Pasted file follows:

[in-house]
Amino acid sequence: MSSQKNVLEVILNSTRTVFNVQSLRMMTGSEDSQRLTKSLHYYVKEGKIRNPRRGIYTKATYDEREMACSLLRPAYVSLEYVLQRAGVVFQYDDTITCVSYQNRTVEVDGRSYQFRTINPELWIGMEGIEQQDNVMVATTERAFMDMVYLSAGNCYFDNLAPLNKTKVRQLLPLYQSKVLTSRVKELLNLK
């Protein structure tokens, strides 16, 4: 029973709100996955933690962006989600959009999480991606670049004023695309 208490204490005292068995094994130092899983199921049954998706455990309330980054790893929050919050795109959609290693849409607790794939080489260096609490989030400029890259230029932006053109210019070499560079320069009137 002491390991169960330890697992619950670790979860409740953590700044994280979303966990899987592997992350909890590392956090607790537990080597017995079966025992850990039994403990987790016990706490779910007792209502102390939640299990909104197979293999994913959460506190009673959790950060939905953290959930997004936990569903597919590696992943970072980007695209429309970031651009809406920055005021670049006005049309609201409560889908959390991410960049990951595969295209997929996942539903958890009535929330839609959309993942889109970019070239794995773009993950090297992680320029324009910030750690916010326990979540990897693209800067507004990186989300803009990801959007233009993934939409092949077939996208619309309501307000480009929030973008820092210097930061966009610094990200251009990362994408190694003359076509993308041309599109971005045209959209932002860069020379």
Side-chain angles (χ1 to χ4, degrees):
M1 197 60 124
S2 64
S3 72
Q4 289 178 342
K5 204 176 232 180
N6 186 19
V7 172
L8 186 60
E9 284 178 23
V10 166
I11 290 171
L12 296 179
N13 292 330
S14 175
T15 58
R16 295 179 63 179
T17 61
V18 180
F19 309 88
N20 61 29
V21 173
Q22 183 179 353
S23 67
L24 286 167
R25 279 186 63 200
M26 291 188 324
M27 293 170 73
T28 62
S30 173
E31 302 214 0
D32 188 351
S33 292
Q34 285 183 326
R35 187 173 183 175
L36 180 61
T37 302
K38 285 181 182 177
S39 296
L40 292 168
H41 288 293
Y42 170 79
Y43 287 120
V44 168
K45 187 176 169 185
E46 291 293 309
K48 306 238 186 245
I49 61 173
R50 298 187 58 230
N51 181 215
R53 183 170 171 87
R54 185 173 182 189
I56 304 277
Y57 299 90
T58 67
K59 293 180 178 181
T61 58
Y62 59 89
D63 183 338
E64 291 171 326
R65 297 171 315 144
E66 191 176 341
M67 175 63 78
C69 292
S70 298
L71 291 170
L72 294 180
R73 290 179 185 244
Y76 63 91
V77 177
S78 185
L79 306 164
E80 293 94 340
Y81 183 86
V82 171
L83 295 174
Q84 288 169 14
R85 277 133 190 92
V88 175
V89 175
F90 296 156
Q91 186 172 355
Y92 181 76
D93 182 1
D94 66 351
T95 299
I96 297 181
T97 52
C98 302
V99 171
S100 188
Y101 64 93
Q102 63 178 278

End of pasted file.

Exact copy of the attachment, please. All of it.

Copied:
[in-house]
Amino acid sequence: MSSQKNVLEVILNSTRTVFNVQSLRMMTGSEDSQRLTKSLHYYVKEGKIRNPRRGIYTKATYDEREMACSLLRPAYVSLEYVLQRAGVVFQYDDTITCVSYQNRTVEVDGRSYQFRTINPELWIGMEGIEQQDNVMVATTERAFMDMVYLSAGNCYFDNLAPLNKTKVRQLLPLYQSKVLTSRVKELLNLK
């Protein structure tokens, strides 16, 4: 029973709100996955933690962006989600959009999480991606670049004023695309 208490204490005292068995094994130092899983199921049954998706455990309330980054790893929050919050795109959609290693849409607790794939080489260096609490989030400029890259230029932006053109210019070499560079320069009137 002491390991169960330890697992619950670790979860409740953590700044994280979303966990899987592997992350909890590392956090607790537990080597017995079966025992850990039994403990987790016990706490779910007792209502102390939640299990909104197979293999994913959460506190009673959790950060939905953290959930997004936990569903597919590696992943970072980007695209429309970031651009809406920055005021670049006005049309609201409560889908959390991410960049990951595969295209997929996942539903958890009535929330839609959309993942889109970019070239794995773009993950090297992680320029324009910030750690916010326990979540990897693209800067507004990186989300803009990801959007233009993934939409092949077939996208619309309501307000480009929030973008820092210097930061966009610094990200251009990362994408190694003359076509993308041309599109971005045209959209932002860069020379």
Side-chain angles (χ1 to χ4, degrees):
M1 197 60 124
S2 64
S3 72
Q4 289 178 342
K5 204 176 232 180
N6 186 19
V7 172
L8 186 60
E9 284 178 23
V10 166
I11 290 171
L12 296 179
N13 292 330
S14 175
T15 58
R16 295 179 63 179
T17 61
V18 180
F19 309 88
N20 61 29
V21 173
Q22 183 179 353
S23 67
L24 286 167
R25 279 186 63 200
M26 291 188 324
M27 293 170 73
T28 62
S30 173
E31 302 214 0
D32 188 351
S33 292
Q34 285 183 326
R35 187 173 183 175
L36 180 61
T37 302
K38 285 181 182 177
S39 296
L40 292 168
H41 288 293
Y42 170 79
Y43 287 120
V44 168
K45 187 176 169 185
E46 291 293 309
K48 306 238 186 245
I49 61 173
R50 298 187 58 230
N51 181 215
R53 183 170 171 87
R54 185 173 182 189
I56 304 277
Y57 299 90
T58 67
K59 293 180 178 181
T61 58
Y62 59 89
D63 183 338
E64 291 171 326
R65 297 171 315 144
E66 191 176 341
M67 175 63 78
C69 292
S70 298
L71 291 170
L72 294 180
R73 290 179 185 244
Y76 63 91
V77 177
S78 185
L79 306 164
E80 293 94 340
Y81 183 86
V82 171
L83 295 174
Q84 288 169 14
R85 277 133 190 92
V88 175
V89 175
F90 296 156
Q91 186 172 355
Y92 181 76
D93 182 1
D94 66 351
T95 299
I96 297 181
T97 52
C98 302
V99 171
S100 188
Y101 64 93
Q102 63 178 278